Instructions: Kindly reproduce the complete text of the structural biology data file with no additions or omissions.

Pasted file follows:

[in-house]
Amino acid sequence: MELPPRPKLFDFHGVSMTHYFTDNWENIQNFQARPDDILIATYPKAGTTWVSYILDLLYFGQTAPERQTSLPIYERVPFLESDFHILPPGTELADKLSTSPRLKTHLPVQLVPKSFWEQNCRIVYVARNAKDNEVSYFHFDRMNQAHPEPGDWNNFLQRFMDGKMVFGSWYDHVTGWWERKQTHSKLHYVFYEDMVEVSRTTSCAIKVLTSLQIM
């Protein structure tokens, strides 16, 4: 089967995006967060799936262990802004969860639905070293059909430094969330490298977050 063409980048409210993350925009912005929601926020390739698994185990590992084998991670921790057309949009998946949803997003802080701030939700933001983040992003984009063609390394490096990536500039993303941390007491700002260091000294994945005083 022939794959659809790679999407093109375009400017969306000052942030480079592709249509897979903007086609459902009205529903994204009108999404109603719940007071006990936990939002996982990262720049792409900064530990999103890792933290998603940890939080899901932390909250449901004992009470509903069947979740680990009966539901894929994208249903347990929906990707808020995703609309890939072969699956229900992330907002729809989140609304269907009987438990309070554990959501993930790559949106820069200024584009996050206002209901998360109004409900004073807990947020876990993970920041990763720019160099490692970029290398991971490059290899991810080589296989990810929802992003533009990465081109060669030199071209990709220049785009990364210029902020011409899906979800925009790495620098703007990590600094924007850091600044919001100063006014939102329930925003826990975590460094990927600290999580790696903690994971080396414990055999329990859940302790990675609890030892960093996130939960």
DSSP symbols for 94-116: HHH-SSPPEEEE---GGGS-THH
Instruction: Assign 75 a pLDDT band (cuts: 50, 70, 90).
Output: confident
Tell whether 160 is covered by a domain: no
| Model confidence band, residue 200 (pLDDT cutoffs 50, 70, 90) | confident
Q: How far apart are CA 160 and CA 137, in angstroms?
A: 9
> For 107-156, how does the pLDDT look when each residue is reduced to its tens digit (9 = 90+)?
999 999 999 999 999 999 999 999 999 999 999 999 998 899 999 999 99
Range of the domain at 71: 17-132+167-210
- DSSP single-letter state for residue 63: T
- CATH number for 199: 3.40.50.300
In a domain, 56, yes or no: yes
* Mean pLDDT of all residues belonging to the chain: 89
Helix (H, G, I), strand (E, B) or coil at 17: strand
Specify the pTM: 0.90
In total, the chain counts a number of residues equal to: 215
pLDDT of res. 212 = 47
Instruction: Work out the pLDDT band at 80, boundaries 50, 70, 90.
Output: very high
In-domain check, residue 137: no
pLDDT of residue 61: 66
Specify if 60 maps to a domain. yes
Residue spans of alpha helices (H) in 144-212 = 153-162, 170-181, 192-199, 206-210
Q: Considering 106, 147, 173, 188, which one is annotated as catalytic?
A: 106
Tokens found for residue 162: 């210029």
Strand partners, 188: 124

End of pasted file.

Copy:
[in-house]
Amino acid sequence: MELPPRPKLFDFHGVSMTHYFTDNWENIQNFQARPDDILIATYPKAGTTWVSYILDLLYFGQTAPERQTSLPIYERVPFLESDFHILPPGTELADKLSTSPRLKTHLPVQLVPKSFWEQNCRIVYVARNAKDNEVSYFHFDRMNQAHPEPGDWNNFLQRFMDGKMVFGSWYDHVTGWWERKQTHSKLHYVFYEDMVEVSRTTSCAIKVLTSLQIM
């Protein structure tokens, strides 16, 4: 089967995006967060799936262990802004969860639905070293059909430094969330490298977050 063409980048409210993350925009912005929601926020390739698994185990590992084998991670921790057309949009998946949803997003802080701030939700933001983040992003984009063609390394490096990536500039993303941390007491700002260091000294994945005083 022939794959659809790679999407093109375009400017969306000052942030480079592709249509897979903007086609459902009205529903994204009108999404109603719940007071006990936990939002996982990262720049792409900064530990999103890792933290998603940890939080899901932390909250449901004992009470509903069947979740680990009966539901894929994208249903347990929906990707808020995703609309890939072969699956229900992330907002729809989140609304269907009987438990309070554990959501993930790559949106820069200024584009996050206002209901998360109004409900004073807990947020876990993970920041990763720019160099490692970029290398991971490059290899991810080589296989990810929802992003533009990465081109060669030199071209990709220049785009990364210029902020011409899906979800925009790495620098703007990590600094924007850091600044919001100063006014939102329930925003826990975590460094990927600290999580790696903690994971080396414990055999329990859940302790990675609890030892960093996130939960």
DSSP symbols for 94-116: HHH-SSPPEEEE---GGGS-THH
Instruction: Assign 75 a pLDDT band (cuts: 50, 70, 90).
Output: confident
Tell whether 160 is covered by a domain: no
| Model confidence band, residue 200 (pLDDT cutoffs 50, 70, 90) | confident
Q: How far apart are CA 160 and CA 137, in angstroms?
A: 9
> For 107-156, how does the pLDDT look when each residue is reduced to its tens digit (9 = 90+)?
999 999 999 999 999 999 999 999 999 999 999 999 998 899 999 999 99
Range of the domain at 71: 17-132+167-210
- DSSP single-letter state for residue 63: T
- CATH number for 199: 3.40.50.300
In a domain, 56, yes or no: yes
* Mean pLDDT of all residues belonging to the chain: 89
Helix (H, G, I), strand (E, B) or coil at 17: strand
Specify the pTM: 0.90
In total, the chain counts a number of residues equal to: 215
pLDDT of res. 212 = 47
Instruction: Work out the pLDDT band at 80, boundaries 50, 70, 90.
Output: very high
In-domain check, residue 137: no
pLDDT of residue 61: 66
Specify if 60 maps to a domain. yes
Residue spans of alpha helices (H) in 144-212 = 153-162, 170-181, 192-199, 206-210
Q: Considering 106, 147, 173, 188, which one is annotated as catalytic?
A: 106
Tokens found for residue 162: 């210029």
Strand partners, 188: 124